 Growth. How much improvement did students at
the school make over the course of the year?
 Status. Are students at the school achieving
proficiency in the content areas tested? What
percentage of students are at or above grade
 Achievement Gaps. Are there differences in the
level of achievement of groups of students of
different races, ethnicities, native languages or
socio-economic statuses?
What Does the SPF Measure?
Student Growth
Growth in Reading, Writing, Math on
Growth in Reading for young
children, grades k-2
Growth in English Language
proficiency for English Learners on
Growth on Graduation rates
Growth on ACT and College
Readiness measures
What Does the SPF Measure?
 Status
in Reading, Writing,
Math on TCAP
 Status in Reading for young
children, grades k-2
 Status in English Language
proficiency for English
Learners on WiDA ACCESS
 Status on Graduation rates
 Status on ACT and College
Readiness measures
What Does the SPF Measure?
Achievement Gaps
Gaps in Reading, Writing, Math on TCAP
Gaps in Reading for young children in
grades k-2
What Does the SPF Measure?
College and Career Readiness
Enrollment and performance in
Advanced Placement, IB and Concurrent
Enrollment (college level) classes
ACT Test Scores, both growth and status
On-Track to Graduate (Credits earned on
What Does the SPF Measure?
Parent Satisfaction and Student
Parent Satisfaction Surveys
Student Satisfaction Surveys
Parent Response Rates
Enrollment Rates
What are SPF Ratings?
Based on the
of overall
points earned,
receive one
of five overall
What are SPF Ratings?
Distinguished, 80-100% of
possible points (Blue)
Meets Expectations,
51-79% (Green)
Accredited on Watch,
40-50% (Yellow)
Accredited on Priority
Watch, 34-39% (Orange)
Accredited on Probation,
up to 33% (Red)
Our School’s Rating
Denison Montessori School achieved a
rating of Meets Expectations on the
2013 School Performance Framework
(SPF), which means that our school
Exceeds in Growth and Meets
Expectations in Status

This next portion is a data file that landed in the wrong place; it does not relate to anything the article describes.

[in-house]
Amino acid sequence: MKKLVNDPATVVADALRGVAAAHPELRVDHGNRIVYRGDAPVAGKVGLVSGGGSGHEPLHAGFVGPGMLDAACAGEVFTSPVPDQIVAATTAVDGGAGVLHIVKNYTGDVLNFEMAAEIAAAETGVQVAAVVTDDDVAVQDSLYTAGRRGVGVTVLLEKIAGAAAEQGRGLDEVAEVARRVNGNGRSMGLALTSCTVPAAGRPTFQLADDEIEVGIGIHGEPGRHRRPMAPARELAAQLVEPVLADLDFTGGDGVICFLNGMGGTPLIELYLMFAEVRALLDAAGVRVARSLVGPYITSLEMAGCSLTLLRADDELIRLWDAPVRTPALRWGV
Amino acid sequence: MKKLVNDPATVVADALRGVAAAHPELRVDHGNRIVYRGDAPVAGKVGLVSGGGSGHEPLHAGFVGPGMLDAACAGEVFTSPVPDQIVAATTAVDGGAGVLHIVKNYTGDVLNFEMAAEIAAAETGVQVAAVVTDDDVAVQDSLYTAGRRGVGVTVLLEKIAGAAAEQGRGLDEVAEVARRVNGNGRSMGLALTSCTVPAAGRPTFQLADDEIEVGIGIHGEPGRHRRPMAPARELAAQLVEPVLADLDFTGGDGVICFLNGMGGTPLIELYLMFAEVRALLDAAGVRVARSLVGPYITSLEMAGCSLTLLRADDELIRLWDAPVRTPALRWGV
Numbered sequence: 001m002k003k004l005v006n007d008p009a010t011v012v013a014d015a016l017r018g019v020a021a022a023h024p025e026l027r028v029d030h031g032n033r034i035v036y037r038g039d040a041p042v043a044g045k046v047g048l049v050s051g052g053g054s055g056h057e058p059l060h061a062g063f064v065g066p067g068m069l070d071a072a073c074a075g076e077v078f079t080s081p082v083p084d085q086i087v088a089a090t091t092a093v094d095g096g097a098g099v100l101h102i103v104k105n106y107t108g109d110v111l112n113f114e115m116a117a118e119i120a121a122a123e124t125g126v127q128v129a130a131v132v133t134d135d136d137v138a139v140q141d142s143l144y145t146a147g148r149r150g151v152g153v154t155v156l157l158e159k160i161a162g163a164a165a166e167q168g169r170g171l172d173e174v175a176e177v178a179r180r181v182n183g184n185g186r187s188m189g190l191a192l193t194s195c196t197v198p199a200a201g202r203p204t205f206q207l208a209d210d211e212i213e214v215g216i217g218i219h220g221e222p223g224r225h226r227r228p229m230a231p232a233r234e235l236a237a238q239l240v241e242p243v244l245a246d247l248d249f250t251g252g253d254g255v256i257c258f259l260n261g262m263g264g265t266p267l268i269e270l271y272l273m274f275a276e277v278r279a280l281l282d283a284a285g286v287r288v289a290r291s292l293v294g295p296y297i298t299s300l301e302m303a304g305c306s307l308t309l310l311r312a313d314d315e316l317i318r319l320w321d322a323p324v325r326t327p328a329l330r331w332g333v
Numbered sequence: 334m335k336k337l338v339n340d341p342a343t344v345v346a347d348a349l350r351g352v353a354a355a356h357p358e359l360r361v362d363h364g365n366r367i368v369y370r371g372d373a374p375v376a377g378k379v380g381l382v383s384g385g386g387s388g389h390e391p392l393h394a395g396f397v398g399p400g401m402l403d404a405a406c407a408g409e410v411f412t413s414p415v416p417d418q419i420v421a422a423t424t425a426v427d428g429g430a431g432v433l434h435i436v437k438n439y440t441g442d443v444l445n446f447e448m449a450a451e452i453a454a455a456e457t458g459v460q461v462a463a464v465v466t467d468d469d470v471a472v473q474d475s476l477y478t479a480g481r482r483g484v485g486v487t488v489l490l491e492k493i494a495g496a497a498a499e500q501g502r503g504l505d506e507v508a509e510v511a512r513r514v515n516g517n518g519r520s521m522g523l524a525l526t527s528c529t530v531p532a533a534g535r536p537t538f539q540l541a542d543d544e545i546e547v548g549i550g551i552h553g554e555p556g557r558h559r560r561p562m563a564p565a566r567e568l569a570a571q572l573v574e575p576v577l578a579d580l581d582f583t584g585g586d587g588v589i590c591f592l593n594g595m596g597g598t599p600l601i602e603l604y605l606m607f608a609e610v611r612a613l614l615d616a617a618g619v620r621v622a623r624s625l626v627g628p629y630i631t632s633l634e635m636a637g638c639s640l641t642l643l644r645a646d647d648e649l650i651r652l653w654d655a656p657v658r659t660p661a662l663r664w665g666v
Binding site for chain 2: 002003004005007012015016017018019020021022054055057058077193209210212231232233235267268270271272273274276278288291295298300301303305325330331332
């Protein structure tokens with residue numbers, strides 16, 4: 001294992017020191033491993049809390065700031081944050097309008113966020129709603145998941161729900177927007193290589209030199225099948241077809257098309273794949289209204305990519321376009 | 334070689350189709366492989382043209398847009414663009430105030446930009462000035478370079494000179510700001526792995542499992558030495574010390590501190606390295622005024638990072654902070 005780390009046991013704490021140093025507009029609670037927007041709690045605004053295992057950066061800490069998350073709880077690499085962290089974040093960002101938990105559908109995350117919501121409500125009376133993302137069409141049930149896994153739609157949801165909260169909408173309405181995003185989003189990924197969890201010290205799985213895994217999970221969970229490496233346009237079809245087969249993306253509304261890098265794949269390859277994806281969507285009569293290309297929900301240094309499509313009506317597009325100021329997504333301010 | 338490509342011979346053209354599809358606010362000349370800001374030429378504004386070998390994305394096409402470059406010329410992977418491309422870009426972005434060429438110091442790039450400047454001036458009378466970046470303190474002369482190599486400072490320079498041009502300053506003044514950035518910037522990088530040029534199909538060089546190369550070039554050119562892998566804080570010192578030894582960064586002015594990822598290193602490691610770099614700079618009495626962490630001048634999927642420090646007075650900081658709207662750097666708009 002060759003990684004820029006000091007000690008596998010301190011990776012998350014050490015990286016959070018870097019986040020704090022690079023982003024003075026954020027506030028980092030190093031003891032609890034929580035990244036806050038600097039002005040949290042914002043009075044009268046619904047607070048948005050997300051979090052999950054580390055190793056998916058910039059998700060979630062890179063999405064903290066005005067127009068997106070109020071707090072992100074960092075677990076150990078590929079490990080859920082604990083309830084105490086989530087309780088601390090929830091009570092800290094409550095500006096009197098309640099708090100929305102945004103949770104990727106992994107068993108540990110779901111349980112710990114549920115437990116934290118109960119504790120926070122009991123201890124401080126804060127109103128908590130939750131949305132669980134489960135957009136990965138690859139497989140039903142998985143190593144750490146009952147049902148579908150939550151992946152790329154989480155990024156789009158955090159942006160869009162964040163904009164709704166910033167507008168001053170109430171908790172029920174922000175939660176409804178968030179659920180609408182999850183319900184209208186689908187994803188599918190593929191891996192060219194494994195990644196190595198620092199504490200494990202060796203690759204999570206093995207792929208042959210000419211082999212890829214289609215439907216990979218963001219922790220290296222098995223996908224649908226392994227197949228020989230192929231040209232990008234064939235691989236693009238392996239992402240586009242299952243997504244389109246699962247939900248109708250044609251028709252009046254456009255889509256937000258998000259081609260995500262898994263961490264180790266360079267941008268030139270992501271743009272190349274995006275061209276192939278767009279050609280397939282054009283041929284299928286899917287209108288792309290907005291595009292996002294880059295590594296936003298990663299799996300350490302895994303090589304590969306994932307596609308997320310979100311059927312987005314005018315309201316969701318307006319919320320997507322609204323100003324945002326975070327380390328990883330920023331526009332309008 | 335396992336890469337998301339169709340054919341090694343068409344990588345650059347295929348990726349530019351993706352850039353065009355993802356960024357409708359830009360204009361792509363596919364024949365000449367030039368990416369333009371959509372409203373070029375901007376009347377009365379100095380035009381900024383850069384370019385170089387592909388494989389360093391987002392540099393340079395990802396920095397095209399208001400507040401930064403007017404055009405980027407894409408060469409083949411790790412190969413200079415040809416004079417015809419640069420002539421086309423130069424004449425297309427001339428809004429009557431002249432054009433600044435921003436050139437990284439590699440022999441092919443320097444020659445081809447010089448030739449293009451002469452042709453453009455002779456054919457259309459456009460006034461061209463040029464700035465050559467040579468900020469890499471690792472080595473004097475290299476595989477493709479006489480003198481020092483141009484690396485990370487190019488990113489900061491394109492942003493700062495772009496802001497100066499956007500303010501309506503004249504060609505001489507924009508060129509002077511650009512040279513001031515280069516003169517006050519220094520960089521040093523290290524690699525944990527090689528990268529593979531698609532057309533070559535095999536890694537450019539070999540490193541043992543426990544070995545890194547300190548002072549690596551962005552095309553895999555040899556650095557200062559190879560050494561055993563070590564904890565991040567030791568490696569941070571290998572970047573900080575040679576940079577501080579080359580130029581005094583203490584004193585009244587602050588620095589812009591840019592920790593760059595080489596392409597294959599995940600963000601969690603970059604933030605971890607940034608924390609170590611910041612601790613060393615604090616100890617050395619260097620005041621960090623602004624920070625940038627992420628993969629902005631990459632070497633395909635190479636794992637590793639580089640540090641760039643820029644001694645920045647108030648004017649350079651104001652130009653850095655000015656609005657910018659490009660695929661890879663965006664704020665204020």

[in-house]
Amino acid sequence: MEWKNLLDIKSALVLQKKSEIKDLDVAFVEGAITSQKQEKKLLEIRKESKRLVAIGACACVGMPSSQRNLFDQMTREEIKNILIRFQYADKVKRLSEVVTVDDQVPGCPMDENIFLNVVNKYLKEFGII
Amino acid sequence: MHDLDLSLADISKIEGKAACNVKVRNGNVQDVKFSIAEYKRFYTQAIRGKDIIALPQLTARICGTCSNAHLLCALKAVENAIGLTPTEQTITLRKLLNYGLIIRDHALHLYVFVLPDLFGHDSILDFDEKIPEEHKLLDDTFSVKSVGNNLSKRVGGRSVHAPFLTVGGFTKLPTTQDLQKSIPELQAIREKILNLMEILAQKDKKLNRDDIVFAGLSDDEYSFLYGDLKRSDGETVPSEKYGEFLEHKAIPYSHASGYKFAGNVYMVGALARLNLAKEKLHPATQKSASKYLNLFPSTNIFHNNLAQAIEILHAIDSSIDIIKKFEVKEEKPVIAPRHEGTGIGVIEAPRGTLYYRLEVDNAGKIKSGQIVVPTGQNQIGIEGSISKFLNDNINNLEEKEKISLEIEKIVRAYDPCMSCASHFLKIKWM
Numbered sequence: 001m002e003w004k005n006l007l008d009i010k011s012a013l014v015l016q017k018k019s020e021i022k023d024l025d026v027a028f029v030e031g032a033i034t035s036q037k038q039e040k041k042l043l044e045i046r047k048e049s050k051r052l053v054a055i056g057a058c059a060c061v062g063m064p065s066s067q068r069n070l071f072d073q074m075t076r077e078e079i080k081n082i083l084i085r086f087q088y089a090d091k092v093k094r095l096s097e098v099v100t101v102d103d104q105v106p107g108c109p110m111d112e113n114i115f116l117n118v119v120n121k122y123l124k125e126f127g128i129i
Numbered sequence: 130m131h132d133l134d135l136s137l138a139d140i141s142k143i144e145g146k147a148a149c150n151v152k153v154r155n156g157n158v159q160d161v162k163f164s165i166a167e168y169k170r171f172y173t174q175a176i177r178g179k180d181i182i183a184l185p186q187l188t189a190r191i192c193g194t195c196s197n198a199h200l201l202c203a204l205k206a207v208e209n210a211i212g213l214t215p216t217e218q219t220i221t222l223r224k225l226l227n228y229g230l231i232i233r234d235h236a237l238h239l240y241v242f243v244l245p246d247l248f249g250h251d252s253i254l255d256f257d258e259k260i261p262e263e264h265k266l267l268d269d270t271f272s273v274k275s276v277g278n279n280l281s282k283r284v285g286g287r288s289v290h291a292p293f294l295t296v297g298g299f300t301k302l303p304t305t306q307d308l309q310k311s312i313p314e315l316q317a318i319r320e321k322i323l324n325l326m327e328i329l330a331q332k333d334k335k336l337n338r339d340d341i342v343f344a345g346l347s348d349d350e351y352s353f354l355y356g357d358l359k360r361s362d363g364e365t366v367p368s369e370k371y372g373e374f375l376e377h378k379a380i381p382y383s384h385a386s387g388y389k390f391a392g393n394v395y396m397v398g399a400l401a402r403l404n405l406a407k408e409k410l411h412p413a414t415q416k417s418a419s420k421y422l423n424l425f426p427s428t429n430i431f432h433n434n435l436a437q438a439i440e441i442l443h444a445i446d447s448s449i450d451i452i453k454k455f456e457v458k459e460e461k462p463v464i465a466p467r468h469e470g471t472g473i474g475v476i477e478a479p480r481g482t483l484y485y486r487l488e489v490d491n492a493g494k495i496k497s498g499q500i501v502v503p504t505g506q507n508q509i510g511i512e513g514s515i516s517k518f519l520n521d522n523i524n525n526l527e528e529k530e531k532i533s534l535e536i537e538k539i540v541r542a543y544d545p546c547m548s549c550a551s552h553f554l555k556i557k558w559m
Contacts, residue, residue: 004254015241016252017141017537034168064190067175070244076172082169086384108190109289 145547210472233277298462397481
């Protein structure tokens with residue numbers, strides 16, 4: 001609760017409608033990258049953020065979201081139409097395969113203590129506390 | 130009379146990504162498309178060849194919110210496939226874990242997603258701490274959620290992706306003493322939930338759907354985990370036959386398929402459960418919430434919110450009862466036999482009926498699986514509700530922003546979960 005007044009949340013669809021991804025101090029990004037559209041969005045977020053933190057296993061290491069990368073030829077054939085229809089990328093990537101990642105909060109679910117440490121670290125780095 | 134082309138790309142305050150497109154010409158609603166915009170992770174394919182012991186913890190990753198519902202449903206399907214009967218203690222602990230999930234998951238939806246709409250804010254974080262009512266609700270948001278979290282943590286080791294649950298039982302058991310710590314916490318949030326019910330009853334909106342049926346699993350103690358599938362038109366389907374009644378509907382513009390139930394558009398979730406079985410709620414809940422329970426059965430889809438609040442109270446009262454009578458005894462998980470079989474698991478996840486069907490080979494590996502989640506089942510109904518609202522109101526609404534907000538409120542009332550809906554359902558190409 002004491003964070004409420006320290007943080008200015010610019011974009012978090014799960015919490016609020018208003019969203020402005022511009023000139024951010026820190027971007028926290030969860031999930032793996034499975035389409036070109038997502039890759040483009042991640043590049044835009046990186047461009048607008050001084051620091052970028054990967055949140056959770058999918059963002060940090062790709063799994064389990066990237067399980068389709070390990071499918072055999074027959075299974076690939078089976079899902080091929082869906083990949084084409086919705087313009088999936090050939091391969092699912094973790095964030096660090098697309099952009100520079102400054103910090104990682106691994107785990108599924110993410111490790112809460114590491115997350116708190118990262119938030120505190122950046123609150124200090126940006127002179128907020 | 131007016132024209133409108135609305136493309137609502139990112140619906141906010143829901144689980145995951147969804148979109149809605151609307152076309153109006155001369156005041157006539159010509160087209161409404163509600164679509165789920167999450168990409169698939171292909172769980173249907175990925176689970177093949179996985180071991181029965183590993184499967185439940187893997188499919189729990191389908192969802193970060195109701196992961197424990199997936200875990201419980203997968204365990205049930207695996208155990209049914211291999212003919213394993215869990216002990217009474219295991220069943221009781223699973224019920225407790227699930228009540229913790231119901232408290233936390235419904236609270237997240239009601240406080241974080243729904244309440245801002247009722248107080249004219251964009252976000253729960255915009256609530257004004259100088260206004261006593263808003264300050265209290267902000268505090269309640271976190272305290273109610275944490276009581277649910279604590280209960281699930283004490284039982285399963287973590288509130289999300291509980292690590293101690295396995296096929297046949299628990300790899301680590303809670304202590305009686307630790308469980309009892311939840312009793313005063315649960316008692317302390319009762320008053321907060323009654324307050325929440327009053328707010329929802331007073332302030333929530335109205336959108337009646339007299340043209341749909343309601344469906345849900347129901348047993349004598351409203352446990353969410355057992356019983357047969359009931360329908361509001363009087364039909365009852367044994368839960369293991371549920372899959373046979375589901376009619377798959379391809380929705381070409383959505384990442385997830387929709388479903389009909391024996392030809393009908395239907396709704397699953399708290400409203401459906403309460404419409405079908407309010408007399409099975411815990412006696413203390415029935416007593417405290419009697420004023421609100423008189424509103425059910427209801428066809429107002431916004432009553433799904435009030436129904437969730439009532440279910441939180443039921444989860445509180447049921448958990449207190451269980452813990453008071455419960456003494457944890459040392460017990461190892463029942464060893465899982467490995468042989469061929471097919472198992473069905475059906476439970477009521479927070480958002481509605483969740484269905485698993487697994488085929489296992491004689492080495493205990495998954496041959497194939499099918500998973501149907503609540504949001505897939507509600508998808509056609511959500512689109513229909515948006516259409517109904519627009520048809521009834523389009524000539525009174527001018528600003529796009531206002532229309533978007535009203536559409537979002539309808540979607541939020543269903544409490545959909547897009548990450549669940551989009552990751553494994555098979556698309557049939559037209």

Our rating is a tribute to the hard work and dedication of our
students, teachers, support staff and families.
Historical SPF Data
We’re moving up!
Looking Ahead
While we celebrate this tremendous success, our goal is to exceed district
expectations and achieve high status and high growth for all students.
In order to accelerate our progress and make sure that all of our students
are successful, we will continue to work and strive for improvements. We
Provide support to students and parents by using Montessori principles of
Grace and Courtesy to create a sense of community within the school
Increase Teacher and Student awareness of minority cultures, beliefs
and traditions through professional development and classroom
Denison will ensure the implementation of authentic Montessori math
lessons to support student in their mathematical language
development, ability to express their mathematical thinking (through
written, oral, visual or material means) and apply their mathematical
knowledge to real life applications.
Looking Ahead
What do our results mean for our staff?
Denison staff will receive professional development on:
 Montessori materials, extensions and parallel activities
 Grace and courtesy
 Minority cultures
 Bias Training
Denison staff will align Common Core State Standards, district
guidelines and Montessori curriculum including a school-wide
definition for mastery in these areas
Denison staff will also be working on strengthening our Montessori
implementation as well as ensuring that Montessori is aligned to